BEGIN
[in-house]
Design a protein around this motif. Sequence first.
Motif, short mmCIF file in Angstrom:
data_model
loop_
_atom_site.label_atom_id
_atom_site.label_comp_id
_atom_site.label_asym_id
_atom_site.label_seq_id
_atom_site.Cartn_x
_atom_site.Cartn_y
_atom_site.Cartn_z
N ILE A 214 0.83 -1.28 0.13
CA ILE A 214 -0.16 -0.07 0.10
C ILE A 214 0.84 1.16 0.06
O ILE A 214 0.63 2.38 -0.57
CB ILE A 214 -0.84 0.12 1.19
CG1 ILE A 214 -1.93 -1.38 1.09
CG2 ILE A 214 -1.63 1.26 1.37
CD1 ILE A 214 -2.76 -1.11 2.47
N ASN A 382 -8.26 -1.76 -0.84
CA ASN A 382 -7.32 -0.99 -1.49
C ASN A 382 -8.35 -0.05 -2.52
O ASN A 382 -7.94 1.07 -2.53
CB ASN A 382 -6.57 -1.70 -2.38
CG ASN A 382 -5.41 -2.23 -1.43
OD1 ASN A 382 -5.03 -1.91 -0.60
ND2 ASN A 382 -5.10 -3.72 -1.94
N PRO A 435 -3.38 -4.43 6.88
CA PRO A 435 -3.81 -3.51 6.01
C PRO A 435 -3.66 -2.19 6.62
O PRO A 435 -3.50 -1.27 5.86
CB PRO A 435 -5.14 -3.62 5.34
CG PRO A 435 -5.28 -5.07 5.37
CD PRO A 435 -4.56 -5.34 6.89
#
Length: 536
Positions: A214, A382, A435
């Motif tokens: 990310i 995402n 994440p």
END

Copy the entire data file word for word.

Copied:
[in-house]
Design a protein around this motif. Sequence first.
Motif, short mmCIF file in Angstrom:
data_model
loop_
_atom_site.label_atom_id
_atom_site.label_comp_id
_atom_site.label_asym_id
_atom_site.label_seq_id
_atom_site.Cartn_x
_atom_site.Cartn_y
_atom_site.Cartn_z
N ILE A 214 0.83 -1.28 0.13
CA ILE A 214 -0.16 -0.07 0.10
C ILE A 214 0.84 1.16 0.06
O ILE A 214 0.63 2.38 -0.57
CB ILE A 214 -0.84 0.12 1.19
CG1 ILE A 214 -1.93 -1.38 1.09
CG2 ILE A 214 -1.63 1.26 1.37
CD1 ILE A 214 -2.76 -1.11 2.47
N ASN A 382 -8.26 -1.76 -0.84
CA ASN A 382 -7.32 -0.99 -1.49
C ASN A 382 -8.35 -0.05 -2.52
O ASN A 382 -7.94 1.07 -2.53
CB ASN A 382 -6.57 -1.70 -2.38
CG ASN A 382 -5.41 -2.23 -1.43
OD1 ASN A 382 -5.03 -1.91 -0.60
ND2 ASN A 382 -5.10 -3.72 -1.94
N PRO A 435 -3.38 -4.43 6.88
CA PRO A 435 -3.81 -3.51 6.01
C PRO A 435 -3.66 -2.19 6.62
O PRO A 435 -3.50 -1.27 5.86
CB PRO A 435 -5.14 -3.62 5.34
CG PRO A 435 -5.28 -5.07 5.37
CD PRO A 435 -4.56 -5.34 6.89
#
Length: 536
Positions: A214, A382, A435
């Motif tokens: 990310i 995402n 994440p």